Bronx Special Needs Trust
Families with loved ones who have special needs are constantly concerned about ensuring that their special needs loved one will be able to enjoy a comfortable quality of life. One way to ensure that your relative with special needs will have access to resources to help make sure that he (or she) has the products and services necessary to enjoy life is to create a special needs trust (SNT) for his or her benefit. In New York a special needs trust is called a supplemental needs trust. A supplemental needs trust is a trust established for the benefit of a person with a severe and chronic or persistent disability. NY EPTL § 7-1.12. To qualify as a SNT the trust must be set up with the clear intent that it is not to be used to supplant, impair or diminish government benefits that the beneficiary is currently receiving or government benefits for which the beneficiary might otherwise qualify. The trust funds are typically used to improve the quality of the beneficiary’s life. Thus it is critical that a SNT be funded and administered in such a way that the beneficiary does not lose eligibility for government benefits. A Bronx special needs trust lawyer will educate you on the requirements of a SNT and make sure that your SNT is properly set up. A SNT may be but one estate planning strategy that you will need to ensure the future needs of your loved one with special needs will be cared for.Types of special needs trusts
There are different types of special needs trusts. They can be categorized based on who sets up and funds the trust, and how the funds are managed. There are also multiple ways to fund a special needs trust. Typically funds for a SNT are funded from an inheritance, by a personal injury award or settlement, or by income earned by the beneficiary. If you or your special needs loved one inherits a significant amount of money, wins a settlement, or receives income from some other source, seek the advice of an experienced special needs trust attorney in the Bronx for guidance on how to manage the income and how to move into a special needs trust in way that will not impact eligibility for needs-based benefits.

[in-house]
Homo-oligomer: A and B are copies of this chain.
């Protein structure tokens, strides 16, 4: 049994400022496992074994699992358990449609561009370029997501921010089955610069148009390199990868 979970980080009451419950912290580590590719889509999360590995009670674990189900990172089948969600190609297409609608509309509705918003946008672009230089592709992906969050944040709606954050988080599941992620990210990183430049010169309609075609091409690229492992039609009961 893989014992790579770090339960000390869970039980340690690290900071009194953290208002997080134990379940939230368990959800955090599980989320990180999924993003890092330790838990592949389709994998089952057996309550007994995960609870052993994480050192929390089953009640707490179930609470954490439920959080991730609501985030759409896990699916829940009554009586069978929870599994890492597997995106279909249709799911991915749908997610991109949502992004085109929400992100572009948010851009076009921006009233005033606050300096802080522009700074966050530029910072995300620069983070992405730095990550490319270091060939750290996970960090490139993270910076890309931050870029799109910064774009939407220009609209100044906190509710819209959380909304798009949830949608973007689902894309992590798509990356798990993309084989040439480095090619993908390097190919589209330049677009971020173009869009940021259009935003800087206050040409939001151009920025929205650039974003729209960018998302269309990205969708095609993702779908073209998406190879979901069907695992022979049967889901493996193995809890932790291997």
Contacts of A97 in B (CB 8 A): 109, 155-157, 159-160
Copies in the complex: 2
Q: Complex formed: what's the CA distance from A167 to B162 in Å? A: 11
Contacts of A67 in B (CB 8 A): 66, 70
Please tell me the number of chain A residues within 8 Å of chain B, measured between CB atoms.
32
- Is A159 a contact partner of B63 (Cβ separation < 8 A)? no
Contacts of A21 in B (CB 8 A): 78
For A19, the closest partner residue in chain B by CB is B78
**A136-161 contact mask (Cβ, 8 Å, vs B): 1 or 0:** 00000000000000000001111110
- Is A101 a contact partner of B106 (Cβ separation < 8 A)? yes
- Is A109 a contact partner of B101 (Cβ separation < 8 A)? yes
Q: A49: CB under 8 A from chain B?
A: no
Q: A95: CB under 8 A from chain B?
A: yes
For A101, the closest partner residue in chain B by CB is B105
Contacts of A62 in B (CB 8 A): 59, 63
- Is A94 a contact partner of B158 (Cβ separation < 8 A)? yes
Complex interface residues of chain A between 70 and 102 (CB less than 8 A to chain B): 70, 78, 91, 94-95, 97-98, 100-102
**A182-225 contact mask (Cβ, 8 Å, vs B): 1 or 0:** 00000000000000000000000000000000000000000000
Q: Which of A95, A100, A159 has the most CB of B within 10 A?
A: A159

Third-party special needs trust. A third-party SNT is one that is set up by someone other than the beneficiary with money not belonging to the beneficiary. It is the most common type of SNT. A third-party trust is popular because unlike a first-party trust, upon the death of the beneficiary the funds that remain in the trust do not have to be paid to Medicaid to cover the amount of Medicaid benefits the beneficiary received. Instead, the person who created the third-party SNT chooses the beneficiaries for the trust remainder.
A third-party SNT can be set up and funded through your will, through life insurance, through retirement benefits, or through some other type of beneficiary designation. As an experienced Bronx special needs trust lawyer will explain, for the trust to be a third-party SNT, the property cannot be left directly to the beneficiary and then transferred to the trust. The trust itself must be the beneficiary. For example, if the name of your special needs child is Sarah Jones, instead of putting "Sarah Jones" as the beneficiary of your life insurance policy, you would put the "Sarah Jones Special Needs Trust." In doing so Sarah's individual wealth will not increase, putting her at risk of losing government benefits.